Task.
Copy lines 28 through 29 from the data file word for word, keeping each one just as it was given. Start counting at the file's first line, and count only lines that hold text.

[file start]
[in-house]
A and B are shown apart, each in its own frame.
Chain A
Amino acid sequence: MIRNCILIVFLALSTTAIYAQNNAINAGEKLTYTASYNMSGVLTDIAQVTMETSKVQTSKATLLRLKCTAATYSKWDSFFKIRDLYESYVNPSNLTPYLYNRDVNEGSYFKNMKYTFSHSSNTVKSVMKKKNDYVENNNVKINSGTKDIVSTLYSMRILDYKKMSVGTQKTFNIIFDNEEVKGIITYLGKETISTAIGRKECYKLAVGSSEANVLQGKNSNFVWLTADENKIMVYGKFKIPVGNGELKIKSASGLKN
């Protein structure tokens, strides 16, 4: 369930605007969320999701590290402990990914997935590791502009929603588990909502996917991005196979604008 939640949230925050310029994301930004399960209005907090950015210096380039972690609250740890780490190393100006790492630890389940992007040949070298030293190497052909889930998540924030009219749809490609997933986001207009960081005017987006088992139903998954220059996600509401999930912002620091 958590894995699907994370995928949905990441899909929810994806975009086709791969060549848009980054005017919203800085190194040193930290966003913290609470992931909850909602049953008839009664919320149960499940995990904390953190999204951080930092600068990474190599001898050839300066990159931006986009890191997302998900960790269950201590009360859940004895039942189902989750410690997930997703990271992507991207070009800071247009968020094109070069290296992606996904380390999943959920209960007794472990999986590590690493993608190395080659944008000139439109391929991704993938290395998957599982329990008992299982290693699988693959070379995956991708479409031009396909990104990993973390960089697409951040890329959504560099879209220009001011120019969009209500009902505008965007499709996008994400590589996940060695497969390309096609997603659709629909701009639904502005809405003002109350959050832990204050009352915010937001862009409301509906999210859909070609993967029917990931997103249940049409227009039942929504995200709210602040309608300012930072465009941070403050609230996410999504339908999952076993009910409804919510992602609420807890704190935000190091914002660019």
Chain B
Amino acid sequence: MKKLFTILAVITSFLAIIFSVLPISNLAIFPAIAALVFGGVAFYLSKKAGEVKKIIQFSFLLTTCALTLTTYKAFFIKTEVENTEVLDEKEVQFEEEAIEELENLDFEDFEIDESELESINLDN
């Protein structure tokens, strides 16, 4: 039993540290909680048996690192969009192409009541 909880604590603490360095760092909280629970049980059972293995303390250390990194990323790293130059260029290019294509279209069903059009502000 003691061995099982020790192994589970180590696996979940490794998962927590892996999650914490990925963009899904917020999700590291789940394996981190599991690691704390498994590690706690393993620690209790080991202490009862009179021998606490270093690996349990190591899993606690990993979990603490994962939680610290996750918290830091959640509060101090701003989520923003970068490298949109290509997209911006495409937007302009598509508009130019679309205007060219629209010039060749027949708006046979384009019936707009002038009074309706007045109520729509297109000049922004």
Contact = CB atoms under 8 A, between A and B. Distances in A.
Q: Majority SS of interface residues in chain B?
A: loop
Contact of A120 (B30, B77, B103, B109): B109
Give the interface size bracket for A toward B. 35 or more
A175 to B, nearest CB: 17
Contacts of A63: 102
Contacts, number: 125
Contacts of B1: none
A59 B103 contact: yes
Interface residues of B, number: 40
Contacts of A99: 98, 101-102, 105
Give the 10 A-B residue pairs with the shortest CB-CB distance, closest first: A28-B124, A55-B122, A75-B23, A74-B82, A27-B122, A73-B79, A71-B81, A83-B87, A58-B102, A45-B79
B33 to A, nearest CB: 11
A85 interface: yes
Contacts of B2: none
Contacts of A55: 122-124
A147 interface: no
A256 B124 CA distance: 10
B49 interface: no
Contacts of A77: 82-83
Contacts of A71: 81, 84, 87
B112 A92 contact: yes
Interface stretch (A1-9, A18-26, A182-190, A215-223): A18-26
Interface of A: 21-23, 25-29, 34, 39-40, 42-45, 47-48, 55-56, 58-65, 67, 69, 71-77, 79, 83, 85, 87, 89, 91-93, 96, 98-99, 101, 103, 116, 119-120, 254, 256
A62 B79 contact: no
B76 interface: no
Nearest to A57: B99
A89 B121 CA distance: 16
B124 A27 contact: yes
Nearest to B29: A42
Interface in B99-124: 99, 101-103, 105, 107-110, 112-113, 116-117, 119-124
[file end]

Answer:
B49 interface: no
Contacts of A77: 82-83